US, Ethiopia spar over Voice of America broadcasts

US-funded broadcaster Voice of America’s local Amharic language service in Ethiopia will be blocked because it is destabilising the country, Prime Minister Meles Zenawi said, a move quickly condemned by Washington.

The Horn of Africa country holds national elections in May and international press freedom advocacy groups say the government is cracking down on the media before the vote.

The government denies that.

“We have been convinced for many years, that in many respects, the VOA Amharic Service has copied the worst practices of radio stations such as Radio Mille Collines of Rwanda in engaging in destabilising propaganda,” Meles said late on Thursday.

Radio Mille Collines was a Rwandan radio station blamed by many for broadcasting racist propaganda that helped spark the 1994 genocide.

The US State Department sharply criticised Meles’ move and urged Ethiopia to respect the freedoms of press and expression guaranteed by its Constitution.

Freedom of the press?
“The prime minister may disagree with news carried in Voice of America’s Amharic Service broadcasts; however, a decision to jam VOA broadcasts contradicts the Government of Ethiopia’s frequent public commitments to freedom of the press,” State Department spokesman Gordon Duguid said in a statement.

“Comparing a respected and professional news service to a group that called for genocide in Rwanda is a baseless and inflammatory accusation that seeks only to deflect attention away from the core issue.”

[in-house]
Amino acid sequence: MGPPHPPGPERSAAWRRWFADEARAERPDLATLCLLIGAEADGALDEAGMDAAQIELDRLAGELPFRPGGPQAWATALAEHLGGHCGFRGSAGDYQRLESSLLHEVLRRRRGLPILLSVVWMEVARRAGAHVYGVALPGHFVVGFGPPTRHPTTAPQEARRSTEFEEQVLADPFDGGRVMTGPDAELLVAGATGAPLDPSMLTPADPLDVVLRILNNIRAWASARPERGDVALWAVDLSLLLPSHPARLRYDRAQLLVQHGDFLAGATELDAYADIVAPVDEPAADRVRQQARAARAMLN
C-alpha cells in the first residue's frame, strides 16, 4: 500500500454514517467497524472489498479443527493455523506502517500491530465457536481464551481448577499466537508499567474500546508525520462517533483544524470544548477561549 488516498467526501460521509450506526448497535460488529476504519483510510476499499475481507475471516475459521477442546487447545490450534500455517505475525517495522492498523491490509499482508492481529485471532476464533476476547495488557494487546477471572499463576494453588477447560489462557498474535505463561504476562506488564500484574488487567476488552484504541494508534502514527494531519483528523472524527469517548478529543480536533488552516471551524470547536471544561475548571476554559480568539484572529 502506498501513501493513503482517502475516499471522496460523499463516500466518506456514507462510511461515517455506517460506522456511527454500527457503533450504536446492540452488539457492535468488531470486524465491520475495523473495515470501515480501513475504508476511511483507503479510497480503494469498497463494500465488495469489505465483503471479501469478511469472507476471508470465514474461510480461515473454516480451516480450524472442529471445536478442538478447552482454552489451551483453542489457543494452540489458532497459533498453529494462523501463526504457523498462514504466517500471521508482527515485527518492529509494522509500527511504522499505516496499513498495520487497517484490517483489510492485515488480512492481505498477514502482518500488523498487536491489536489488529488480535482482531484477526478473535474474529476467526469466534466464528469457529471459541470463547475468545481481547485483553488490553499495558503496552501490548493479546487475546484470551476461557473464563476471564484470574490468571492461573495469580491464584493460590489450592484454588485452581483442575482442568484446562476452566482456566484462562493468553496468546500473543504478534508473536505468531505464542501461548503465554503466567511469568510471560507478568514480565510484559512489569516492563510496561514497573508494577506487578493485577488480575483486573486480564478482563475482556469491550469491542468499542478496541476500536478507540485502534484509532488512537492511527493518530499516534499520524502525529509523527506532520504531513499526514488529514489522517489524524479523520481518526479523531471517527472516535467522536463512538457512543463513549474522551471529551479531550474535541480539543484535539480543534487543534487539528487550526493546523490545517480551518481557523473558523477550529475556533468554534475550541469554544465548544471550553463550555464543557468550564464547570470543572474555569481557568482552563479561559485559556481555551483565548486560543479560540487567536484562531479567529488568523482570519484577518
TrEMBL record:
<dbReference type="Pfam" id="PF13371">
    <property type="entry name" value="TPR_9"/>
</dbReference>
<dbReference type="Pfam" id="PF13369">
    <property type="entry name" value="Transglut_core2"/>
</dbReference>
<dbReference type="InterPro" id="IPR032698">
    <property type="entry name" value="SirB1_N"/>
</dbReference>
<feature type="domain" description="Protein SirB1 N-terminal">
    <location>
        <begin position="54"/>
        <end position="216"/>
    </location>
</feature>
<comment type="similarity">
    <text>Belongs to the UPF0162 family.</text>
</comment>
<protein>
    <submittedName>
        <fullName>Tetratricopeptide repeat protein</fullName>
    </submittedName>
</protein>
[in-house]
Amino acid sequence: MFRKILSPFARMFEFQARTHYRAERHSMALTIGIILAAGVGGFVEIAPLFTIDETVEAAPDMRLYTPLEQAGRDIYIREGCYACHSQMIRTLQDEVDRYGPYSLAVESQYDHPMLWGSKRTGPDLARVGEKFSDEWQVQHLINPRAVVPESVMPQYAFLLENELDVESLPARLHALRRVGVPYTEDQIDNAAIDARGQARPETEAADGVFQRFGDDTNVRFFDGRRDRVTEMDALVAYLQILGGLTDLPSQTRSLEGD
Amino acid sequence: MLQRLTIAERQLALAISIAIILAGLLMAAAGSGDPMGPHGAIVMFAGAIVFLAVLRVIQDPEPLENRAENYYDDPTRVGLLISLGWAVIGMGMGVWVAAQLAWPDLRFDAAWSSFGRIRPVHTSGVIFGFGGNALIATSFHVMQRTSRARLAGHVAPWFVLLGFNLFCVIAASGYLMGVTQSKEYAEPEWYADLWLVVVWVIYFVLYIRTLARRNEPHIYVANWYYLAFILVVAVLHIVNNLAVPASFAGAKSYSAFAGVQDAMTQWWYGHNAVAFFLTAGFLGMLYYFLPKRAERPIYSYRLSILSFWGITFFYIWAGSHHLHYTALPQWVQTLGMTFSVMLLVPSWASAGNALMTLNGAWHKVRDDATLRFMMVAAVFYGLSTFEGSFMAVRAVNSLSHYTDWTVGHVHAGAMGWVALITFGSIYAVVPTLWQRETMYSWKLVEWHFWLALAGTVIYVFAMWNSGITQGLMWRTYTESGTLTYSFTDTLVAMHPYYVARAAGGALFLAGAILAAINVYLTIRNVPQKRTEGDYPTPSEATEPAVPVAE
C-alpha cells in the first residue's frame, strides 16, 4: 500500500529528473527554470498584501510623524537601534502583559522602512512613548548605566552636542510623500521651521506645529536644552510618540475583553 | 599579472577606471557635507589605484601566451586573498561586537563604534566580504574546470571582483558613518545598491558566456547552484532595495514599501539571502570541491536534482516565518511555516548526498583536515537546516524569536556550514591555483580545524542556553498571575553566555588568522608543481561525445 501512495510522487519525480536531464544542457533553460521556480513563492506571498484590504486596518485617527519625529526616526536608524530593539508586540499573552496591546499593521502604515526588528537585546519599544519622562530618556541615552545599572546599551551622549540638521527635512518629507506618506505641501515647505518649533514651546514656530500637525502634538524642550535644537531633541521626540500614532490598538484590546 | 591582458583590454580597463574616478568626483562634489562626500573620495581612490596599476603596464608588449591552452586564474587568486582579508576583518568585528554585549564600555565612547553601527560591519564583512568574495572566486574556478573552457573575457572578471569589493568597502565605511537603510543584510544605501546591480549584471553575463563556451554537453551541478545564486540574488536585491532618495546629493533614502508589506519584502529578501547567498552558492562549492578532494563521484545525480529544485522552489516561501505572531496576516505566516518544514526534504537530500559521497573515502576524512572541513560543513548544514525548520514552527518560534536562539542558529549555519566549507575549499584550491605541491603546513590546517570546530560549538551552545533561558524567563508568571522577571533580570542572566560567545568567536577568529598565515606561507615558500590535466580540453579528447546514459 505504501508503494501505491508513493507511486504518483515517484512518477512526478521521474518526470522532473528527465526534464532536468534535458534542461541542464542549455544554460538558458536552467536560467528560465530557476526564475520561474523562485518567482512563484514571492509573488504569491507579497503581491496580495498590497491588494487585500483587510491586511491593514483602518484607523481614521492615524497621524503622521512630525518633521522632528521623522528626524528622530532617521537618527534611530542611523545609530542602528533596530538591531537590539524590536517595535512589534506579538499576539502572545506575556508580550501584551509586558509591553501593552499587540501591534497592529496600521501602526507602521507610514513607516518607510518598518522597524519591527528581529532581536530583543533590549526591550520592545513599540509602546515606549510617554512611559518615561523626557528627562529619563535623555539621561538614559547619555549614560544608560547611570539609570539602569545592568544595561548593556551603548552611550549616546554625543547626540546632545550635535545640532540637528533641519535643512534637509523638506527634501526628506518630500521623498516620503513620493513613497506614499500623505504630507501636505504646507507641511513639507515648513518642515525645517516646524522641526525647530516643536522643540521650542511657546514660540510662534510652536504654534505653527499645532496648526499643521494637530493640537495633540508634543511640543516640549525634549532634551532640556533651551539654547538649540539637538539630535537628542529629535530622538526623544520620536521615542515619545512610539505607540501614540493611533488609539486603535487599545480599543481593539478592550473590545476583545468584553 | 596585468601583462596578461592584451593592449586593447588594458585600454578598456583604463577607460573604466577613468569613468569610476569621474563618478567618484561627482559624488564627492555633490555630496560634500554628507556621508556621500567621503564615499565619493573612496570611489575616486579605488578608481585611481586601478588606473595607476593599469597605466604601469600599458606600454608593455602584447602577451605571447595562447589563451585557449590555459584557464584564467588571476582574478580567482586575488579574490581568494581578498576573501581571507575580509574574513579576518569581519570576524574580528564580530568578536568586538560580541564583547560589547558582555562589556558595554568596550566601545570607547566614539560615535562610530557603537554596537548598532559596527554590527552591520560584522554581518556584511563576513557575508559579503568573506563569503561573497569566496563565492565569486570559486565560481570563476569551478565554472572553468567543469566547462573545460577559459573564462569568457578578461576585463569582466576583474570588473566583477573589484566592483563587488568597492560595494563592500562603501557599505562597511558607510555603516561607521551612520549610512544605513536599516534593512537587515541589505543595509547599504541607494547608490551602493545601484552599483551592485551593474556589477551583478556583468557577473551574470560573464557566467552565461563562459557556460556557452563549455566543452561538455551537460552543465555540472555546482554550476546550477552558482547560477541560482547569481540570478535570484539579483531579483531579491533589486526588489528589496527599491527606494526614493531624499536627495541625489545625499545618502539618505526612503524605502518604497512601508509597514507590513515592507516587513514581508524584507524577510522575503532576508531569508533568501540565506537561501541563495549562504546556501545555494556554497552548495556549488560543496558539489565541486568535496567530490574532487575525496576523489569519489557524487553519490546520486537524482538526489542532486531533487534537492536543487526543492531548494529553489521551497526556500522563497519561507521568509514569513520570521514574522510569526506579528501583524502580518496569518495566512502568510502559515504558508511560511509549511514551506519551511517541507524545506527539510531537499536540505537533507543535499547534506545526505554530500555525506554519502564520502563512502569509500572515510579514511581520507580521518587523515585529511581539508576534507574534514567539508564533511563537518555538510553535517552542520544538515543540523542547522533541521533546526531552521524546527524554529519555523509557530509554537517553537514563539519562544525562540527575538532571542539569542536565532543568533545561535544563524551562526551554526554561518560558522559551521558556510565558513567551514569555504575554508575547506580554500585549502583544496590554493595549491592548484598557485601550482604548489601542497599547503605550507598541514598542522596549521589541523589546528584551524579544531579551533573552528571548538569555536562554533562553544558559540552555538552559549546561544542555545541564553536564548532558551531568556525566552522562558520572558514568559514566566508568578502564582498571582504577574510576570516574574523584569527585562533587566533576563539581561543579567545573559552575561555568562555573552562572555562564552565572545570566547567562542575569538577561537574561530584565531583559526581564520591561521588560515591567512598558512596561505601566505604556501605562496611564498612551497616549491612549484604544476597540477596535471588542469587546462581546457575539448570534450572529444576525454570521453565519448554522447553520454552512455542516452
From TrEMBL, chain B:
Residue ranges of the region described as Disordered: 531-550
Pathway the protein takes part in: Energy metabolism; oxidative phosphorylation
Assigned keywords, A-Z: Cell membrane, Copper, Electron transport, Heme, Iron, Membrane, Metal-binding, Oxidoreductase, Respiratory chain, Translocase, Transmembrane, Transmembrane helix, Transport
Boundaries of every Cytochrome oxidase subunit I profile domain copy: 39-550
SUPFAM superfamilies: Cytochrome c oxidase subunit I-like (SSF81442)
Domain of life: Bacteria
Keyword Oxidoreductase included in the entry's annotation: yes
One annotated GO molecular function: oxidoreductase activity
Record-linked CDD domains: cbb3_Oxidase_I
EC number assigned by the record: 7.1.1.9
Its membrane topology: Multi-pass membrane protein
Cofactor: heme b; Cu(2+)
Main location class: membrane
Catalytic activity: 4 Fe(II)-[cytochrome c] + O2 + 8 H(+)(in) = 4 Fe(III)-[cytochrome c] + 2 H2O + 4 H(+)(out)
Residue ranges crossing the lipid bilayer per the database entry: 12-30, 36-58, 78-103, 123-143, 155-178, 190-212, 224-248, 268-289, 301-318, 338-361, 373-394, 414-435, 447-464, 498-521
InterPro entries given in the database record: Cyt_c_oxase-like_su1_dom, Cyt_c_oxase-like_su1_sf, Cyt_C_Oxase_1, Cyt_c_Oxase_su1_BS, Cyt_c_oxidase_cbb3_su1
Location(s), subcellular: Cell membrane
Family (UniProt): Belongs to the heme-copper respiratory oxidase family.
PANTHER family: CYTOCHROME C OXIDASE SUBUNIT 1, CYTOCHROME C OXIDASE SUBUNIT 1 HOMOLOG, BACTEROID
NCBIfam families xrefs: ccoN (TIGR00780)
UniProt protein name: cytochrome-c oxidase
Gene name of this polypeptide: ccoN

Analysts say Ethiopia is the key US ally in the Horn of Africa.

VOA says its broadcasts into Ethiopia in the dominant Amharic language have been jammed for three weeks. It also transmits in the Ethiopian languages, Afan Oromo and Tigrinya. Those services have been unaffected.

The broadcaster was set up during World War II to counter anti-US propaganda and it broadcasts in 45 languages.

“We have given up on the objectivity of the VOA service and we have been trying to beef up our capacity to deal with it, including through jamming,” Meles said, adding government officials had been working on blocking the service.

“If they assure me at some future date that they have the capacity to jam [VOA], I will give them the clear guideline to jam it,” he told reporters.

VOA said in a statement it had not had talks with the Ethiopian government for more than two years.

“Any comparison of VOA programming to the genocidal broadcasts of Rwanda’s Radio Mille Collines is incorrect and unfortunate,” it said.

Analysts expect the Meles government to win the election. The opposition says that is because its members are harassed and jailed. The government says the opposition is trying to discredit the poll because it has no chance of winning. - Reuters

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